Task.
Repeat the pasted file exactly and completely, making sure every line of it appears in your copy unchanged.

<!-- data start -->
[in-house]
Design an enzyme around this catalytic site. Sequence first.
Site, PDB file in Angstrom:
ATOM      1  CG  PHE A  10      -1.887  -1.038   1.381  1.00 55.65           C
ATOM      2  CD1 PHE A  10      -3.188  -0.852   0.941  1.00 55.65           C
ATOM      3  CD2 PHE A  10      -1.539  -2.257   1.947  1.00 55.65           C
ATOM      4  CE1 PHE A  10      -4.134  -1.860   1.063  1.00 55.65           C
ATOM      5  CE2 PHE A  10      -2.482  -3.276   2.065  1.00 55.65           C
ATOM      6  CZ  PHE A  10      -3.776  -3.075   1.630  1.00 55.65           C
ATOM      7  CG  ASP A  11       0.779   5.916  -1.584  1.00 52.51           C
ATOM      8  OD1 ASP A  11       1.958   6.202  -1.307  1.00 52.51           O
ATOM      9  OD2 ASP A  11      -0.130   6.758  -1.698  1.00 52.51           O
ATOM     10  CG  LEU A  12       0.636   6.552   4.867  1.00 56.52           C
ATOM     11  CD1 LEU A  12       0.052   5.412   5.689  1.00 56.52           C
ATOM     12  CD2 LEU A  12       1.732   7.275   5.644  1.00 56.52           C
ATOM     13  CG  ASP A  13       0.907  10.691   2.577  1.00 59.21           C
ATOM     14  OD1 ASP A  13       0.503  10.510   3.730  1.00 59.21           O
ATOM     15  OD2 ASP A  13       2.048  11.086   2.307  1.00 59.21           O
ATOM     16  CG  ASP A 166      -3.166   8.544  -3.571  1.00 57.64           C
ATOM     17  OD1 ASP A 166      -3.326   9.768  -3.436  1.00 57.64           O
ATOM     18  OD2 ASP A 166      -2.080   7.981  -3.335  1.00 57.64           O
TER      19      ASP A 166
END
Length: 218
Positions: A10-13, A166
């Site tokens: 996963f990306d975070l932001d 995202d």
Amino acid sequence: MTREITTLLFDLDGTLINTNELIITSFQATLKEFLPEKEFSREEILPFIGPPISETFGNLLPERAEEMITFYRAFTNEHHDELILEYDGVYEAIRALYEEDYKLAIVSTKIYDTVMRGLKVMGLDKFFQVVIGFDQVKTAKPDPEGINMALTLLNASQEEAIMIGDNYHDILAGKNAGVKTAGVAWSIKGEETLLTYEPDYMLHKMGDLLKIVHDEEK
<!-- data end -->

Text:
[in-house]
Design an enzyme around this catalytic site. Sequence first.
Site, PDB file in Angstrom:
ATOM      1  CG  PHE A  10      -1.887  -1.038   1.381  1.00 55.65           C
ATOM      2  CD1 PHE A  10      -3.188  -0.852   0.941  1.00 55.65           C
ATOM      3  CD2 PHE A  10      -1.539  -2.257   1.947  1.00 55.65           C
ATOM      4  CE1 PHE A  10      -4.134  -1.860   1.063  1.00 55.65           C
ATOM      5  CE2 PHE A  10      -2.482  -3.276   2.065  1.00 55.65           C
ATOM      6  CZ  PHE A  10      -3.776  -3.075   1.630  1.00 55.65           C
ATOM      7  CG  ASP A  11       0.779   5.916  -1.584  1.00 52.51           C
ATOM      8  OD1 ASP A  11       1.958   6.202  -1.307  1.00 52.51           O
ATOM      9  OD2 ASP A  11      -0.130   6.758  -1.698  1.00 52.51           O
ATOM     10  CG  LEU A  12       0.636   6.552   4.867  1.00 56.52           C
ATOM     11  CD1 LEU A  12       0.052   5.412   5.689  1.00 56.52           C
ATOM     12  CD2 LEU A  12       1.732   7.275   5.644  1.00 56.52           C
ATOM     13  CG  ASP A  13       0.907  10.691   2.577  1.00 59.21           C
ATOM     14  OD1 ASP A  13       0.503  10.510   3.730  1.00 59.21           O
ATOM     15  OD2 ASP A  13       2.048  11.086   2.307  1.00 59.21           O
ATOM     16  CG  ASP A 166      -3.166   8.544  -3.571  1.00 57.64           C
ATOM     17  OD1 ASP A 166      -3.326   9.768  -3.436  1.00 57.64           O
ATOM     18  OD2 ASP A 166      -2.080   7.981  -3.335  1.00 57.64           O
TER      19      ASP A 166
END
Length: 218
Positions: A10-13, A166
């Site tokens: 996963f990306d975070l932001d 995202d």
Amino acid sequence: MTREITTLLFDLDGTLINTNELIITSFQATLKEFLPEKEFSREEILPFIGPPISETFGNLLPERAEEMITFYRAFTNEHHDELILEYDGVYEAIRALYEEDYKLAIVSTKIYDTVMRGLKVMGLDKFFQVVIGFDQVKTAKPDPEGINMALTLLNASQEEAIMIGDNYHDILAGKNAGVKTAGVAWSIKGEETLLTYEPDYMLHKMGDLLKIVHDEEK